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Two bills would seek to cap out-of-pocket insulin costs
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Two bills would seek to cap out-of-pocket insulin costs

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Alexander Regan, a University of Nebraska Medical Center emergency room technician, said bills introduced by Lincoln Sen. Kate Bolz and Omaha Sen. Justin Wayne to cap the out-of-pocket costs of insulin could literally save lives.

At his job, he sees patients who come in as a last resort, unable to afford the high price of insulin.

Insulin is a hormone that regulates glucose in the blood. For those with some forms of diabetes and unstable blood glucose, they need to inject or inhale insulin to keep blood sugar from going too high, which can result in serious complications. 

The cost of insulin has increased in recent years, and the life-saving hormone has become unaffordable for some patients. 

Bolz introduced a bill (LB949) this session that would require any individual or group sickness and accident insurance policy that provides reimbursement for prescription insulin to limit the amount that a covered person is required to pay to no more that $100 per 30-day supply, regardless of the amount or type needed. 

Wayne's bill (LB970) would do essentially the same thing, and both had hearings before the Banking, Commerce and Insurance Committee on Tuesday. 

Those testifying in support of the bill said people dependent on insulin deserve to live, to have good health, happiness and access to insulin, which are human rights. 

Ben Feiten, an occupational therapy student at Creighton University, said he and two of his brothers have had Type I diabetes, two of them for 23 years and one for 30 years. Diabetes affects every aspect of their lives and daily decisions for school, work and recreation.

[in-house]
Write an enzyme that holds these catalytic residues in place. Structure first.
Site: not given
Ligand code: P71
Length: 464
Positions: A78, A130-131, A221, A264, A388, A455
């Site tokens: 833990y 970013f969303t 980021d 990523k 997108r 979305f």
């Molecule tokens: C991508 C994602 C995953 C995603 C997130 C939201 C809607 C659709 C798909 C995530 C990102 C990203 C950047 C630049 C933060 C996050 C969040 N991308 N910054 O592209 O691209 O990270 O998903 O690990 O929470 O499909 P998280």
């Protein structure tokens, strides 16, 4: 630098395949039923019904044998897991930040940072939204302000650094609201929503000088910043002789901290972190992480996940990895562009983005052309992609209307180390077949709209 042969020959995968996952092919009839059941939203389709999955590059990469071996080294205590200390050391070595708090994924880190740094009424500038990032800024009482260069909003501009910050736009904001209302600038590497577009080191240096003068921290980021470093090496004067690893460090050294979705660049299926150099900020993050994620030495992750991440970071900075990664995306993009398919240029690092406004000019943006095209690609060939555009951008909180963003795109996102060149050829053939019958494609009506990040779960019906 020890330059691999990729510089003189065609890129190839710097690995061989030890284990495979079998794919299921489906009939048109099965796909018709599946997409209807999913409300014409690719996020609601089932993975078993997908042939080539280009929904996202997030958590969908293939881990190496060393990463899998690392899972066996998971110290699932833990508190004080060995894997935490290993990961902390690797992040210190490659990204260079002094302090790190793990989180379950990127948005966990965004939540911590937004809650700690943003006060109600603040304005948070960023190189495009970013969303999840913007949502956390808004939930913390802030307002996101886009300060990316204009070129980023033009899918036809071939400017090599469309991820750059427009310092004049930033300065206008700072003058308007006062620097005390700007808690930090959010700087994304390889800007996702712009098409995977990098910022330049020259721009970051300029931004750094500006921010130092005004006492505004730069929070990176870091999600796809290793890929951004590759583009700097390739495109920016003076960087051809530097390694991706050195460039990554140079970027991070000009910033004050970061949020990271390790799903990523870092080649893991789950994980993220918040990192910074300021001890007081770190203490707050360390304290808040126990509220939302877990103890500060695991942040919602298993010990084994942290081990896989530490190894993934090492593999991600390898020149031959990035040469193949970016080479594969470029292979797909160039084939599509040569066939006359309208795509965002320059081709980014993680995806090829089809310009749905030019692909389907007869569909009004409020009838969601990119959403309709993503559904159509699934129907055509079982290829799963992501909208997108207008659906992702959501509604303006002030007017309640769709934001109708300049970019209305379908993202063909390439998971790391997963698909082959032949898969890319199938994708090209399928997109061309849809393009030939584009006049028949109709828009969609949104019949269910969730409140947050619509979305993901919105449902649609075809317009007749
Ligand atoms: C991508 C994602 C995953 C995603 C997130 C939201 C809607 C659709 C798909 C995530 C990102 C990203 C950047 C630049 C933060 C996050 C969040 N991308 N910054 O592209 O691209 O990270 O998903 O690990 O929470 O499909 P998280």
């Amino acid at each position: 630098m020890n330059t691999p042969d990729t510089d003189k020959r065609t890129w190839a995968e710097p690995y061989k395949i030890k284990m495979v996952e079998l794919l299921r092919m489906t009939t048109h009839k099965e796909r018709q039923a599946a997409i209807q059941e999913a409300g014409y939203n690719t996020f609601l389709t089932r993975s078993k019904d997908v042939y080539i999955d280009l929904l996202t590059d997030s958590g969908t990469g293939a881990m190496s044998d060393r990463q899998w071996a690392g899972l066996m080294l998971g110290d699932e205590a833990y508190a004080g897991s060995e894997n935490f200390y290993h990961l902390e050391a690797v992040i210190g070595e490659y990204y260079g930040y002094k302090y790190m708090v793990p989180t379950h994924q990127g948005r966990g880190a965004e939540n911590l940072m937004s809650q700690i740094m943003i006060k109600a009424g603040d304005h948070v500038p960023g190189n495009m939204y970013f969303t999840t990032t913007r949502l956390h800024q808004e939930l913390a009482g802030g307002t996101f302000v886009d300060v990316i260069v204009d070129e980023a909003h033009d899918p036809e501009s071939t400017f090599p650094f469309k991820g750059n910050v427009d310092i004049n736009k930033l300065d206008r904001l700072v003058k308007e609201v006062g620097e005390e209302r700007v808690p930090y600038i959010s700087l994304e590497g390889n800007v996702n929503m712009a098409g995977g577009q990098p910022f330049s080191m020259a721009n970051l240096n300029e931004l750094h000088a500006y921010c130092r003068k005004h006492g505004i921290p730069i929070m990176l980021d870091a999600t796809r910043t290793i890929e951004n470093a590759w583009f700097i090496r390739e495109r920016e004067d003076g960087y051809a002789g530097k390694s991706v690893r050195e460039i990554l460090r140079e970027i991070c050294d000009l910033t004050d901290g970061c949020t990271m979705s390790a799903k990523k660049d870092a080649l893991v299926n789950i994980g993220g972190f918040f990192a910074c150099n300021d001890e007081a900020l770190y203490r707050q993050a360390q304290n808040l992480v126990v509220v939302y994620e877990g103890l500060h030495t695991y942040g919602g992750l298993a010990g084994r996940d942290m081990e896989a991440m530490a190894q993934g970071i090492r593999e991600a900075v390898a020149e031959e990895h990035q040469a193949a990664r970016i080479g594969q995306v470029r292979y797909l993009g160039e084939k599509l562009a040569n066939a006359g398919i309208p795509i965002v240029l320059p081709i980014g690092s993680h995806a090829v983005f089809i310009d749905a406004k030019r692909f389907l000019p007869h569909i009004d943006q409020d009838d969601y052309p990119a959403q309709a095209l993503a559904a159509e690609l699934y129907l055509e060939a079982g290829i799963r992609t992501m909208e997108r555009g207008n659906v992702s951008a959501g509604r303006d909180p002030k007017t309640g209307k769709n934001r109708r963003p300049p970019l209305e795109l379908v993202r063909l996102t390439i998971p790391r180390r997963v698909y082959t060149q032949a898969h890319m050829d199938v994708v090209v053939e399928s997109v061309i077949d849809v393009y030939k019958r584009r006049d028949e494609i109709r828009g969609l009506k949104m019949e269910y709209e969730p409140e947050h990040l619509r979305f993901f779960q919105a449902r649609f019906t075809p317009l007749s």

It's still a constant stressor, Feiten said, "one that I cannot take a vacation from."

But it's the cost of diabetes management that has caused the most life-altering changes, he said. It dictated the vocation he would choose in order to have the salary and insurance to pay the costs of treatment for a lifetime.

In 2012, the average per person spending each year for insulin was about $2,864, according to the Healthcare Cost Institute. By 2016, the spending was $5,705 per year, without a change in the insulin itself. 

"I find that sickening, since the creators of insulin sold the patent for $1, believing it should be affordable and accessible for everyone," Feiten said. 

This bill would give him peace of mind to know what to expect from future insurance plans. If it's not passed, young professionals would have to leave Nebraska for states like Colorado and Illinois, where insulin costs are more closely regulated and guaranteed, Feiten said. 

Julie Hopp's husband of 40 years has diabetes and is insulin dependent. They fight annually to justify the brand of insulin that works for him, she said. In-network insulin with most insurance providers causes frequent insulin reactions and dangerously low blood sugar.